The idea of an after-life or a reincarnation is mostly irrelevant to people who live in a secular society where they have access to a huge body of knowledge in libraries and on the Internet.
This is mainly because digitization, high speed data processing, and the scientific method of research has produced rational answers to many questions that were previously in the domain of religious opinion.
Our new level of rational knowledge makes traditional religious opinions appear superseded and irrelevant.
If religious opinion is mostly outdated then it's reasonable to think that people are unlikely to study much about religion beyond its social-economic affect and the psychological group-think affect in believing groups.
In predominantly secular environments where people are strongly influenced by the cult-gods of fashion, beauty, entertainment, or career development young people may have very little knowledge of the faith of thousands of early Christians who were tortured to death by the Romans.
Unlike many people today who treat physical death as an existence-terminating experience to be avoided for as long as possible the early Christians believed death was the portal that took them to an extended resurrection life.
Some Church opinions today appear about as rational as a belief in fairies, but there are many early Christian Church beliefs that are as relevant now as they were before Christianity became a State religion under the Roman Emperor Constantine.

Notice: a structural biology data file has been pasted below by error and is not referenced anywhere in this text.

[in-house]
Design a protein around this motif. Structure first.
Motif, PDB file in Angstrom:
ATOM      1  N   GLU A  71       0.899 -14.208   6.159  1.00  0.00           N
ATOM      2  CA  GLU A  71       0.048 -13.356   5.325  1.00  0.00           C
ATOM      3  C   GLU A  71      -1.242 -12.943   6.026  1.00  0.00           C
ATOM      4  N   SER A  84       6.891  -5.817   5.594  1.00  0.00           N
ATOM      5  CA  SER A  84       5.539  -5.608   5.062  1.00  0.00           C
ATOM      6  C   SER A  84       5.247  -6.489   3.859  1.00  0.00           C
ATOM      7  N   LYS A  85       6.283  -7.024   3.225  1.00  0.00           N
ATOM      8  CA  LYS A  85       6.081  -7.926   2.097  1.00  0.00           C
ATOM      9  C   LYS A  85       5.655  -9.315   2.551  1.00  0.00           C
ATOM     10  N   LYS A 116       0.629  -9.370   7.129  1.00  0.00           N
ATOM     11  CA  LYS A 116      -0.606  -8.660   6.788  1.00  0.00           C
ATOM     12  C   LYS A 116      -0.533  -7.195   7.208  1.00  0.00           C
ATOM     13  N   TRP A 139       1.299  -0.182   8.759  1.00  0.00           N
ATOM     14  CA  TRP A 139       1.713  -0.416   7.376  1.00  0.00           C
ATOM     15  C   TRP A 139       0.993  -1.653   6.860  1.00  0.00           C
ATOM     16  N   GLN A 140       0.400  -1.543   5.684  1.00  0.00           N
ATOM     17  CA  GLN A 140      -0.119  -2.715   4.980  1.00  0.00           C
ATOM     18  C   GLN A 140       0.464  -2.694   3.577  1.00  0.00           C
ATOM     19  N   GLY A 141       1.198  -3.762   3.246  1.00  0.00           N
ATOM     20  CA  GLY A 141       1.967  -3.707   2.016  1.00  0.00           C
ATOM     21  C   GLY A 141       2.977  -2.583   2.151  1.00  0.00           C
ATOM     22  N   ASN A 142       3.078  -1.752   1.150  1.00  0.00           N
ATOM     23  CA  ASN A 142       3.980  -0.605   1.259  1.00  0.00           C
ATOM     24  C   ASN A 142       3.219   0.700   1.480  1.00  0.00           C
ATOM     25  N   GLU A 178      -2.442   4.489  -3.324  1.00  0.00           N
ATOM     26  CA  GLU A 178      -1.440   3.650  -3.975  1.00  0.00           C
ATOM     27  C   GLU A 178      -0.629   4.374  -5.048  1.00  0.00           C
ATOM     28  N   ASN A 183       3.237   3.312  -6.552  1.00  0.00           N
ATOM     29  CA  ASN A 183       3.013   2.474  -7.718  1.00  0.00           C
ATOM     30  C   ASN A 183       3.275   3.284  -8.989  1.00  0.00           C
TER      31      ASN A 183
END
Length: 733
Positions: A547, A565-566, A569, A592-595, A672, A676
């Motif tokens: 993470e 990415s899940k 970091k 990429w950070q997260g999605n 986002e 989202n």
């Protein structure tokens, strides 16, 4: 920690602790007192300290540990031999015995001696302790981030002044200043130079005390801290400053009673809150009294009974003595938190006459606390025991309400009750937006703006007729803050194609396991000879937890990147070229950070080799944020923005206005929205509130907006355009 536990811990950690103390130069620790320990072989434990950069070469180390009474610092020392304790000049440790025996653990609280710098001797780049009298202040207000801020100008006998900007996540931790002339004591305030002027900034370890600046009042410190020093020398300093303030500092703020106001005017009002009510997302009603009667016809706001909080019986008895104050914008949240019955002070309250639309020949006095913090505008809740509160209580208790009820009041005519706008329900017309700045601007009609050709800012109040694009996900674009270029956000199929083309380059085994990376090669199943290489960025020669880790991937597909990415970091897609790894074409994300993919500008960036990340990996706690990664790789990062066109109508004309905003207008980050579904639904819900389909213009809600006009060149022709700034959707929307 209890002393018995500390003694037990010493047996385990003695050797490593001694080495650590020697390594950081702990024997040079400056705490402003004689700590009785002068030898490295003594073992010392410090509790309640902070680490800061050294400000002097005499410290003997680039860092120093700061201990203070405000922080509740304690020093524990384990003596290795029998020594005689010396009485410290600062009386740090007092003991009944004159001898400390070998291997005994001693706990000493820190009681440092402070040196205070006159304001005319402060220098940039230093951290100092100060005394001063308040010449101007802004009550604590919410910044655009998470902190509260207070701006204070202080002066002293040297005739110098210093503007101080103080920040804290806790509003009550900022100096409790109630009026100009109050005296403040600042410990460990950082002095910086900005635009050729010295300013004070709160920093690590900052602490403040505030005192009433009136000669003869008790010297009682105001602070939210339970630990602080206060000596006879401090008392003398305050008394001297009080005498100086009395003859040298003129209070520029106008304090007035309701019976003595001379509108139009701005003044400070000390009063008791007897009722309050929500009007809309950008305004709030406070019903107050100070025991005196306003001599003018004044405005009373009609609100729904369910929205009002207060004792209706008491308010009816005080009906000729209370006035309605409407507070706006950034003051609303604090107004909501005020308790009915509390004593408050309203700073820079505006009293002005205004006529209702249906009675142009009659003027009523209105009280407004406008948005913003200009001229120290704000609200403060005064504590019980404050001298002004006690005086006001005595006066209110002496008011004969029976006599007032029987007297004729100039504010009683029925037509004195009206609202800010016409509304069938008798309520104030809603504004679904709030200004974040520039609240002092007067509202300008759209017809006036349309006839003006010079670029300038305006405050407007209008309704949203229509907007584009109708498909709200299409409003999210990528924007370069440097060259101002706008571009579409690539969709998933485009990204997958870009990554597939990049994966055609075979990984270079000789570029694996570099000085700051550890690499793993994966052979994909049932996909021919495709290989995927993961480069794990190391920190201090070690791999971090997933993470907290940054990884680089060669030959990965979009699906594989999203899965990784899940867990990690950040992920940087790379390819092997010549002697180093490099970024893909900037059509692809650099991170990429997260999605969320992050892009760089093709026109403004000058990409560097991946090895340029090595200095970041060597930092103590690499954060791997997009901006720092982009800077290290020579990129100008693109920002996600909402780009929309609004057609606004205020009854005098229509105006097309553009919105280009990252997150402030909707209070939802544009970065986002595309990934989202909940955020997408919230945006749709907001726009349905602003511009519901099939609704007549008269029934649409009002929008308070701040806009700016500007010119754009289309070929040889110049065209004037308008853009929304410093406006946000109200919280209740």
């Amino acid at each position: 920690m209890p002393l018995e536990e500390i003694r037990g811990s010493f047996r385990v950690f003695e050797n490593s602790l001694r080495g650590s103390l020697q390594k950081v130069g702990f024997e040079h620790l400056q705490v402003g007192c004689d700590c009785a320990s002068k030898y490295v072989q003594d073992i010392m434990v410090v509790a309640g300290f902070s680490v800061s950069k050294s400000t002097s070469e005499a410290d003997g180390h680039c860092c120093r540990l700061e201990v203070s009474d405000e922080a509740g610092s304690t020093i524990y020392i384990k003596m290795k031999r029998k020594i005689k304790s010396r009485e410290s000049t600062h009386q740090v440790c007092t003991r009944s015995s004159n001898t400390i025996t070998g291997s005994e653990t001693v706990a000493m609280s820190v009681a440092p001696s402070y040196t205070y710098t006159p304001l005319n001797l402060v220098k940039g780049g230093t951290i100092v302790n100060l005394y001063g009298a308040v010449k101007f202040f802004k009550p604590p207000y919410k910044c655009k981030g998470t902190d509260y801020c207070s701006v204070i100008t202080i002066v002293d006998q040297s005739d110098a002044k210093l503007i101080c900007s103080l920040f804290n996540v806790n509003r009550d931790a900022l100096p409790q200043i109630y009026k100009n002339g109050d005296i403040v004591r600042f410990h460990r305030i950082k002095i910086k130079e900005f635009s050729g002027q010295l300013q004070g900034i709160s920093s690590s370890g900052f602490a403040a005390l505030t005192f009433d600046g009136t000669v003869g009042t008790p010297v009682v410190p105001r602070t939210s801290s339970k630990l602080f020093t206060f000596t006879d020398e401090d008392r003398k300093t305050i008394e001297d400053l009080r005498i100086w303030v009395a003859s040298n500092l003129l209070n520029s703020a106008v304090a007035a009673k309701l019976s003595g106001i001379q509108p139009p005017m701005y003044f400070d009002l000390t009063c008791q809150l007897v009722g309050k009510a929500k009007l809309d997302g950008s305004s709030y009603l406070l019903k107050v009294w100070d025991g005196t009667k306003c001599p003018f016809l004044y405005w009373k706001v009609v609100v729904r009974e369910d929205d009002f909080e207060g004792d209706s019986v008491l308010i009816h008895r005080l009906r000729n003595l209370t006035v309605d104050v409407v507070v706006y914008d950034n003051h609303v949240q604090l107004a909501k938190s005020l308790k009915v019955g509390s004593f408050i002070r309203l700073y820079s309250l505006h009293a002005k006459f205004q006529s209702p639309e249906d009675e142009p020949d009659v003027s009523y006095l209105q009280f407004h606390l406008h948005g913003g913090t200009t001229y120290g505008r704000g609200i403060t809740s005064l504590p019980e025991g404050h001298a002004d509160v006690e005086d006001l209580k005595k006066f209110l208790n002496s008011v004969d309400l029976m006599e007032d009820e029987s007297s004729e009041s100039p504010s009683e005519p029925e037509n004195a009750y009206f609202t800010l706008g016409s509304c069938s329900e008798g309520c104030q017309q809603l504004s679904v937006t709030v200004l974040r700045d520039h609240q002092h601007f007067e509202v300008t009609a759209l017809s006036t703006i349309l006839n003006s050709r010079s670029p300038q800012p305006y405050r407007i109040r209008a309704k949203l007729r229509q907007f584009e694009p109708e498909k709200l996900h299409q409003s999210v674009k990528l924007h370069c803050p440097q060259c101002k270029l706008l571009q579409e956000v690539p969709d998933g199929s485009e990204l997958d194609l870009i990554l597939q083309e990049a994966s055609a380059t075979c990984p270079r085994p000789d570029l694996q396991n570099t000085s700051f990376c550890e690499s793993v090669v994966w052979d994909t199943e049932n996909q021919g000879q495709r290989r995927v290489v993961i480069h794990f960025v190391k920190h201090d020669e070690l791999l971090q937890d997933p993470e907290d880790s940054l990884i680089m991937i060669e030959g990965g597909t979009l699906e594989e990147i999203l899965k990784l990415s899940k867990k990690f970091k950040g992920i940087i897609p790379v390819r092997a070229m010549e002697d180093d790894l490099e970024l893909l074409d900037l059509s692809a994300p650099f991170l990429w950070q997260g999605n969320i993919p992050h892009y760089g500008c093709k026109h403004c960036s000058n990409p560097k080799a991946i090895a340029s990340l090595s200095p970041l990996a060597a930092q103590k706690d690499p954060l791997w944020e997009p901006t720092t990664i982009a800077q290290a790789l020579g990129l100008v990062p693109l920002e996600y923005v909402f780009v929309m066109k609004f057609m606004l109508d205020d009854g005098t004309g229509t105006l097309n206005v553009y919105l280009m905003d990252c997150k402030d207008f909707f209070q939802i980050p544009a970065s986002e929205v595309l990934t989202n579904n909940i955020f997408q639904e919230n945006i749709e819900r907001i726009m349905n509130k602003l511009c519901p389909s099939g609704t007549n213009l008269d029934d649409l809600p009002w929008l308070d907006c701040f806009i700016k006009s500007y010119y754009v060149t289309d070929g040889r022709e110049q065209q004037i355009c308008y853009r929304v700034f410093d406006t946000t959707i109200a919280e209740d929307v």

To appreciate those beliefs we need to know about the early Christian church formation that happened when Roman authority was under stress throughout the Empire. In that environment Christian beliefs developed and spread widely, even to Rome, where the opinions of St. Paul still have an enduring influence.
The Romans were certainly brutal rulers but brutality is just as common now as the world experiences growing political and environmental turmoil. There's no quick solution to the many problems we hear about daily on TV and in the news, and there are no suggested solutions on this site either. There are, however, short thought-provoking articles written from a personal perspective.
If you have traveled abroad you may have noticed how strong local religious beliefs can be, and you may also have noticed that there appear to be many people who need to dominate other people and dictate commands to them, often with the threat of physical or economic sanctions if people decide to resist.
Those two observations are sufficient to prompt a series of thoughts that are superficially developed in the Culture Clash article which promotes the belief that we should care for others and work towards the removal of dictatorial politics from the world scene.